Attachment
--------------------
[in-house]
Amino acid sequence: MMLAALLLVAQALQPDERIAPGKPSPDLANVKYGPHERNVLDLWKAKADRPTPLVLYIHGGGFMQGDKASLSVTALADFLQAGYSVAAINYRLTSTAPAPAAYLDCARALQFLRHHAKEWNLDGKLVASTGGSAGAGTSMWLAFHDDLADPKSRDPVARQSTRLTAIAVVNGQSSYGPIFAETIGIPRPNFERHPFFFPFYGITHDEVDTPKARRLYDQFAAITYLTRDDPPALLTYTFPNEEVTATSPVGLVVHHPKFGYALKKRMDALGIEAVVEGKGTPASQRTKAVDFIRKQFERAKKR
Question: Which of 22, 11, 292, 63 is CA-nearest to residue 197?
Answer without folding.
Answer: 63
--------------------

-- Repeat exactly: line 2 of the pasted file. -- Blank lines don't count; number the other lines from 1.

Amino acid sequence: MMLAALLLVAQALQPDERIAPGKPSPDLANVKYGPHERNVLDLWKAKADRPTPLVLYIHGGGFMQGDKASLSVTALADFLQAGYSVAAINYRLTSTAPAPAAYLDCARALQFLRHHAKEWNLDGKLVASTGGSAGAGTSMWLAFHDDLADPKSRDPVARQSTRLTAIAVVNGQSSYGPIFAETIGIPRPNFERHPFFFPFYGITHDEVDTPKARRLYDQFAAITYLTRDDPPALLTYTFPNEEVTATSPVGLVVHHPKFGYALKKRMDALGIEAVVEGKGTPASQRTKAVDFIRKQFERAKKR